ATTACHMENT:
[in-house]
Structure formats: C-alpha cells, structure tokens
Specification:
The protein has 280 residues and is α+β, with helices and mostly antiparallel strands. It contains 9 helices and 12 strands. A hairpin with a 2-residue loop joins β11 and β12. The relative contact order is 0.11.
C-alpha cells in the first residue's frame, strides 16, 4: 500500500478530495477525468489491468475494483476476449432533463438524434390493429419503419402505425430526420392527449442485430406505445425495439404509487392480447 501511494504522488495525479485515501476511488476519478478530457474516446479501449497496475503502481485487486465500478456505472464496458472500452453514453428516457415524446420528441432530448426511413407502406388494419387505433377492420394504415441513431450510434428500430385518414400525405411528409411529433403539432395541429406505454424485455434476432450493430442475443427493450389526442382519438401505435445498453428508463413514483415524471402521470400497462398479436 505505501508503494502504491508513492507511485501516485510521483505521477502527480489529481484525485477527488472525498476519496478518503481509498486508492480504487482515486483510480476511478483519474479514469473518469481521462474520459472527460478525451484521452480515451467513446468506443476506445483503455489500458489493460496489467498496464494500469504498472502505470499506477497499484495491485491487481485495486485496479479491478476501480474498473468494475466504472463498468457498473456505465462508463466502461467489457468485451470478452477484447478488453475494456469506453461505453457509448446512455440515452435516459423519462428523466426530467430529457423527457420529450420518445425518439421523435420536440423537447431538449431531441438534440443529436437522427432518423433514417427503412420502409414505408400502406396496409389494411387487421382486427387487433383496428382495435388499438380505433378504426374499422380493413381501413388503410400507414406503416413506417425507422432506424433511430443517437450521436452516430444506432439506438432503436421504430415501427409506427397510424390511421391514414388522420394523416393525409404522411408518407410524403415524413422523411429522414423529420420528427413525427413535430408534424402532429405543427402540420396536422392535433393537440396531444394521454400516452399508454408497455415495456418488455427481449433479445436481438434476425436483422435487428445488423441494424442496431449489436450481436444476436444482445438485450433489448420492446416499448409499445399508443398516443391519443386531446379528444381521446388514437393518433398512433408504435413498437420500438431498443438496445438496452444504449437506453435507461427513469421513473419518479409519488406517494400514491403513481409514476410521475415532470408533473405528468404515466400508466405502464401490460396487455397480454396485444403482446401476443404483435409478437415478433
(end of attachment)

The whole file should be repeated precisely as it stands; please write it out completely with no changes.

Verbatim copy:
[in-house]
Structure formats: C-alpha cells, structure tokens
Specification:
The protein has 280 residues and is α+β, with helices and mostly antiparallel strands. It contains 9 helices and 12 strands. A hairpin with a 2-residue loop joins β11 and β12. The relative contact order is 0.11.
C-alpha cells in the first residue's frame, strides 16, 4: 500500500478530495477525468489491468475494483476476449432533463438524434390493429419503419402505425430526420392527449442485430406505445425495439404509487392480447 501511494504522488495525479485515501476511488476519478478530457474516446479501449497496475503502481485487486465500478456505472464496458472500452453514453428516457415524446420528441432530448426511413407502406388494419387505433377492420394504415441513431450510434428500430385518414400525405411528409411529433403539432395541429406505454424485455434476432450493430442475443427493450389526442382519438401505435445498453428508463413514483415524471402521470400497462398479436 505505501508503494502504491508513492507511485501516485510521483505521477502527480489529481484525485477527488472525498476519496478518503481509498486508492480504487482515486483510480476511478483519474479514469473518469481521462474520459472527460478525451484521452480515451467513446468506443476506445483503455489500458489493460496489467498496464494500469504498472502505470499506477497499484495491485491487481485495486485496479479491478476501480474498473468494475466504472463498468457498473456505465462508463466502461467489457468485451470478452477484447478488453475494456469506453461505453457509448446512455440515452435516459423519462428523466426530467430529457423527457420529450420518445425518439421523435420536440423537447431538449431531441438534440443529436437522427432518423433514417427503412420502409414505408400502406396496409389494411387487421382486427387487433383496428382495435388499438380505433378504426374499422380493413381501413388503410400507414406503416413506417425507422432506424433511430443517437450521436452516430444506432439506438432503436421504430415501427409506427397510424390511421391514414388522420394523416393525409404522411408518407410524403415524413422523411429522414423529420420528427413525427413535430408534424402532429405543427402540420396536422392535433393537440396531444394521454400516452399508454408497455415495456418488455427481449433479445436481438434476425436483422435487428445488423441494424442496431449489436450481436444476436444482445438485450433489448420492446416499448409499445399508443398516443391519443386531446379528444381521446388514437393518433398512433408504435413498437420500438431498443438496445438496452444504449437506453435507461427513469421513473419518479409519488406517494400514491403513481409514476410521475415532470408533473405528468404515466400508466405502464401490460396487455397480454396485444403482446401476443404483435409478437415478433